In 1982, these folk were not as political as today, where they now comprise the vocal left. An enjoyable test of X-hood is to say to your subject that you noticed something on FOX news. If your listener, who is ordinarily lucid and tolerant, begins an excited, extended rant about that network being “reactionary”, then she is likely an X. More evidence is if she wears a knit skull cap, dresses down, sports an Obama decoration, drives a hybrid, eschews makeup, or boasts of shopping at Whole Foods to buy “organic” food.

Fussell argued that Xers rightly did not give a damn about class distinction, and this is still true but in a different sense. Just as Uppers believe they culturally superior to the upper middles, who are sure of their ascendancy over the middle-class etc., Xers are convinced they are more enlightened than everybody else.

This, then, is the overt reading of Class: a hierarchical strata of semi-permeable class boundaries exists. Escape from a stratum is unlikely: though it is easier to descend than to climb or to become an X. The struggle to better or to differentiate oneself determines most behavior. Not all neatly fit into a slot: for example, engineers of every stripe and physicians exhibit significant cross-class deportment.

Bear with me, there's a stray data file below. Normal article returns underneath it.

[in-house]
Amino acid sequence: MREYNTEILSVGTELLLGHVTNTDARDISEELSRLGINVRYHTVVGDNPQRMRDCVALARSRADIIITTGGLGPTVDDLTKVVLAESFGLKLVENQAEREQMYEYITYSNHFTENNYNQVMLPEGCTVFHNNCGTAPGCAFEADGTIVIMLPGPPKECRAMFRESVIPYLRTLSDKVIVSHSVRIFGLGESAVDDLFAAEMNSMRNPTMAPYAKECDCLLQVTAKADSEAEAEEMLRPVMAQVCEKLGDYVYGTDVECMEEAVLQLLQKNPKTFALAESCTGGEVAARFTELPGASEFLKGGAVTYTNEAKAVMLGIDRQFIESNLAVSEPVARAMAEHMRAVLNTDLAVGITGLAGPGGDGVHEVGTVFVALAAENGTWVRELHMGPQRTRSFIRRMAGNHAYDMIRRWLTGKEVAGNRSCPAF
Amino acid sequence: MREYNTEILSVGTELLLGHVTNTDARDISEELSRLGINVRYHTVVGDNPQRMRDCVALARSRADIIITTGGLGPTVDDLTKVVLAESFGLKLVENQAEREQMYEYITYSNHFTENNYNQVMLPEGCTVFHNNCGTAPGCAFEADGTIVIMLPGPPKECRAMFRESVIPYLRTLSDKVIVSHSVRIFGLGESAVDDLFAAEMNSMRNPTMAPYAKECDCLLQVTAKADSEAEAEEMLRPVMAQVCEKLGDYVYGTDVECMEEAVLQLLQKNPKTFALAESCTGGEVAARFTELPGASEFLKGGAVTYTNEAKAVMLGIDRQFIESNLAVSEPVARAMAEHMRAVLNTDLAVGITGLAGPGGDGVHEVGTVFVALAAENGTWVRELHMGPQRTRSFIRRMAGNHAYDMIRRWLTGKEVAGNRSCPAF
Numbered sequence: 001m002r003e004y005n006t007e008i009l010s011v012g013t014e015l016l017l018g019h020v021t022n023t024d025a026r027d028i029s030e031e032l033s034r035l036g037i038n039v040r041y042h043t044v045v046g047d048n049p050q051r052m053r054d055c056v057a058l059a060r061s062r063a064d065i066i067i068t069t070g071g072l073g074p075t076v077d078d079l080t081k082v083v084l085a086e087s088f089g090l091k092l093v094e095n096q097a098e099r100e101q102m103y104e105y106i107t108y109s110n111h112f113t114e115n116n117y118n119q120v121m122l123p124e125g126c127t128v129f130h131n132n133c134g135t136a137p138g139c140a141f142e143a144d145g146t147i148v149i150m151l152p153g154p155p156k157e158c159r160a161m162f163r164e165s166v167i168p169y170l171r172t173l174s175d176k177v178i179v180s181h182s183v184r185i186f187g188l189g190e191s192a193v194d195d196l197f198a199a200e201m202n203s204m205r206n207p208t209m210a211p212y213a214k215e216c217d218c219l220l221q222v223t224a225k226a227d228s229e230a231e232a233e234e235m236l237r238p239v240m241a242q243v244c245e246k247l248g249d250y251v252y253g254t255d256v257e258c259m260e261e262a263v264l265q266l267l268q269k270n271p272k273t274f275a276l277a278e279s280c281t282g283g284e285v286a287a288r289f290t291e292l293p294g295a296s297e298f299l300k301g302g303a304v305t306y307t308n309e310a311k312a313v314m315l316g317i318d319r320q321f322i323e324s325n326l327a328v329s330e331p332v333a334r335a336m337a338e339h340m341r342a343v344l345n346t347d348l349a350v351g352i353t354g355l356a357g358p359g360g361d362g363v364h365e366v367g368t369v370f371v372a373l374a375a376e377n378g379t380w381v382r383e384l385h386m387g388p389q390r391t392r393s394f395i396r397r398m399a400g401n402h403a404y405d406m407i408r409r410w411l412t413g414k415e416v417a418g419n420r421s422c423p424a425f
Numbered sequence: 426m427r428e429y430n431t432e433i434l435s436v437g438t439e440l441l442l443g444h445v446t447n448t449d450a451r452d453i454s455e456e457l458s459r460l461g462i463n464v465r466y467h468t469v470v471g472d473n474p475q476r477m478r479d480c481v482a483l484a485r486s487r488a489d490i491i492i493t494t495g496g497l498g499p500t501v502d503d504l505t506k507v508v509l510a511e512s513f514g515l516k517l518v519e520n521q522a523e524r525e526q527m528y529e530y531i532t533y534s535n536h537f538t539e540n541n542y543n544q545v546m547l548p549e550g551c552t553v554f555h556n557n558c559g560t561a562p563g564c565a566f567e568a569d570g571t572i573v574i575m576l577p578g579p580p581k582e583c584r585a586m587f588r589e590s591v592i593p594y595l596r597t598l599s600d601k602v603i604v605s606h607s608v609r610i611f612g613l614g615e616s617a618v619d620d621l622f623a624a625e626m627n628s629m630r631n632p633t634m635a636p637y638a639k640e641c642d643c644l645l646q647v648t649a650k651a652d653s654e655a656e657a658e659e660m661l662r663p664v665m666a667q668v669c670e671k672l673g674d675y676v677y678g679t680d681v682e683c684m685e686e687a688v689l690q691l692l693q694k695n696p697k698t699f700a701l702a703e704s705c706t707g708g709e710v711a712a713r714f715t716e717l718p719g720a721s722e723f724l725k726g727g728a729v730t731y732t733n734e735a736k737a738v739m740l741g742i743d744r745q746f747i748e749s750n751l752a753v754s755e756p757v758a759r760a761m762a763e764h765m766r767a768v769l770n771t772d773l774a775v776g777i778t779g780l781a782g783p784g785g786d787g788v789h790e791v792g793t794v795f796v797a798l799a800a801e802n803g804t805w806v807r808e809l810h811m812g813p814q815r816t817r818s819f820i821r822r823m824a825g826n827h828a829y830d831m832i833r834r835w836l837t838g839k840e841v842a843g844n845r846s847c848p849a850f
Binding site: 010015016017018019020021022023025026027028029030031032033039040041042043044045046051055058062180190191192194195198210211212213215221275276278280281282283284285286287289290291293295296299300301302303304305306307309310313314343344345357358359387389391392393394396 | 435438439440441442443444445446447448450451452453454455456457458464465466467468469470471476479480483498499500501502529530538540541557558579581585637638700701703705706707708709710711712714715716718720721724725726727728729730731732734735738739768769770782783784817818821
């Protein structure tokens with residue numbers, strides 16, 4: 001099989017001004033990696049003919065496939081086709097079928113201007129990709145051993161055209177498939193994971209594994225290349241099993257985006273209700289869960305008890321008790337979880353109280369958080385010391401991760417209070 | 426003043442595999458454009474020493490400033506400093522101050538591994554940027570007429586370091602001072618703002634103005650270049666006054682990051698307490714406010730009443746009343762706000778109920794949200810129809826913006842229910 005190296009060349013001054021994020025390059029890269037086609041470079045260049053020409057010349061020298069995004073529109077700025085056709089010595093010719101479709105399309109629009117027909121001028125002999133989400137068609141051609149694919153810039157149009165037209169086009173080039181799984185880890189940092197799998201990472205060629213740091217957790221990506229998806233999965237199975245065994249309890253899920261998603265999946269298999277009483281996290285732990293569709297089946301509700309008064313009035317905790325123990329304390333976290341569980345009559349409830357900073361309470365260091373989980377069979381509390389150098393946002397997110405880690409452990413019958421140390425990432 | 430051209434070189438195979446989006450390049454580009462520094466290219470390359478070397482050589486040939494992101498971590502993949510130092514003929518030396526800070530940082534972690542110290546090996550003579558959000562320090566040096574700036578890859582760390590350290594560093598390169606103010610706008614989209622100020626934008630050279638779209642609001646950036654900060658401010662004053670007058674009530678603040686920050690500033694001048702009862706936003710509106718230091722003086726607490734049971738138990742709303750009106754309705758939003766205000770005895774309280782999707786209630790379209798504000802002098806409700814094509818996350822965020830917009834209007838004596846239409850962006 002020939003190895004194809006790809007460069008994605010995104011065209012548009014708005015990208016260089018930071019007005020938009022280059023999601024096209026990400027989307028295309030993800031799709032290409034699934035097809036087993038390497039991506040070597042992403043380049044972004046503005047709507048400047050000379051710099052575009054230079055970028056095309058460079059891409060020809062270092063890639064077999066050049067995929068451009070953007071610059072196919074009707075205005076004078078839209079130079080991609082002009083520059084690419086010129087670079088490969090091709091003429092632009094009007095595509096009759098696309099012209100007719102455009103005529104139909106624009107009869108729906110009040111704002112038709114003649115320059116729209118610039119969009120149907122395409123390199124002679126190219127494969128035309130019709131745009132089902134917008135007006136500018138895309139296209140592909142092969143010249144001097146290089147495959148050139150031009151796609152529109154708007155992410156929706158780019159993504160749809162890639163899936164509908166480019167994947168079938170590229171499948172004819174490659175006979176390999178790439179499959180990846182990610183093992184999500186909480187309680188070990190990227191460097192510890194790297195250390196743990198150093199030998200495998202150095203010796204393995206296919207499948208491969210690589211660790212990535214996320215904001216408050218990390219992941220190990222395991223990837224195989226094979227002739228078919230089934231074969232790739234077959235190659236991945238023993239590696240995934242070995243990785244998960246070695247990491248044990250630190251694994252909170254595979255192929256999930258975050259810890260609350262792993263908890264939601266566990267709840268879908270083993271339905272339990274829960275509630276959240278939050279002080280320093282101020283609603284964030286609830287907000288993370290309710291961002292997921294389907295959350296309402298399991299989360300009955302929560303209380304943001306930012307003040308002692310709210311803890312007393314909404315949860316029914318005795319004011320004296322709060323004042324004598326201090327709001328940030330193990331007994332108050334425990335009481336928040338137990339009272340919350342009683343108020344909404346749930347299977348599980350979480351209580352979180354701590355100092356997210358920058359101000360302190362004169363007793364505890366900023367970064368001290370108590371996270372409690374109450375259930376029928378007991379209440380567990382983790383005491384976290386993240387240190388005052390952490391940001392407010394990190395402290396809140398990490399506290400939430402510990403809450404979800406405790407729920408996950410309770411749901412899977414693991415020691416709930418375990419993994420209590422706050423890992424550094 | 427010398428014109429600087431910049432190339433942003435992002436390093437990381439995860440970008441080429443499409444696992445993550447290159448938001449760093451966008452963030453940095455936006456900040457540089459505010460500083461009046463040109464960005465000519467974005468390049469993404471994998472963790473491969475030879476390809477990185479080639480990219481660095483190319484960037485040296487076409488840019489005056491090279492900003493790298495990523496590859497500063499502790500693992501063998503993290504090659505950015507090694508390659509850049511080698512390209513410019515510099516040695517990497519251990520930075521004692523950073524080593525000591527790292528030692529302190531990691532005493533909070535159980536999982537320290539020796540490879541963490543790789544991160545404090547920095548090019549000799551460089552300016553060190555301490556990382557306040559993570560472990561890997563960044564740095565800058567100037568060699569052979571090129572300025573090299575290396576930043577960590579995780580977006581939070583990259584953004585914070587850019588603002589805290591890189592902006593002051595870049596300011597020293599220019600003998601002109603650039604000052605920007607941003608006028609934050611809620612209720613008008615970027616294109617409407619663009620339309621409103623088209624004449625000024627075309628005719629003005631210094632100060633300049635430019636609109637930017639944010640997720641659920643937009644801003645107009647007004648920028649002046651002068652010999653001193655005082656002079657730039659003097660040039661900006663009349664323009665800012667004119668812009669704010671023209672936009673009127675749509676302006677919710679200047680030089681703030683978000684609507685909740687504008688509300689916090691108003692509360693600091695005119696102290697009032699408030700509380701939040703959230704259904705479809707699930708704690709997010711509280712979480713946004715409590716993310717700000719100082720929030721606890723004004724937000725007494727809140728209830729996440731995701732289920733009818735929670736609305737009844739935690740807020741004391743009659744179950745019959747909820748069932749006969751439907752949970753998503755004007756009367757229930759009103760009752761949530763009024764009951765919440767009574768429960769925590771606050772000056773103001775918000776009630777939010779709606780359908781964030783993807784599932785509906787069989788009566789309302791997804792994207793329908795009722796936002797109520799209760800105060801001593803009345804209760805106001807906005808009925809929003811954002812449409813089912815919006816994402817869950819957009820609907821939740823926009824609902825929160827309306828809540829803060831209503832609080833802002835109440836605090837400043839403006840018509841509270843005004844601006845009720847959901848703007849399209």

Covertly, the work can be called a guide to proper behavior and style. Fussell writes approvingly of top tier demeanor and acerbically of displays by the middle-class and proles. He laments prole drift, which is the (inexorable?) tendency of culture to devolve. He says, for example, Princeton

used to be a great center of wit, but now it’s subject to prole drift…Everything in the modern world drifts prole-ward all the time. Even the better classes have to wait in long lines, the quality of food degenerates, airline seating grows more cramped.

Whether or not cultural decay is true in all areas, as Fussell maintains, prole drift has had vicious consequences in music. You cannot go anywhere today without being aurally assaulted by vile, vesicated music.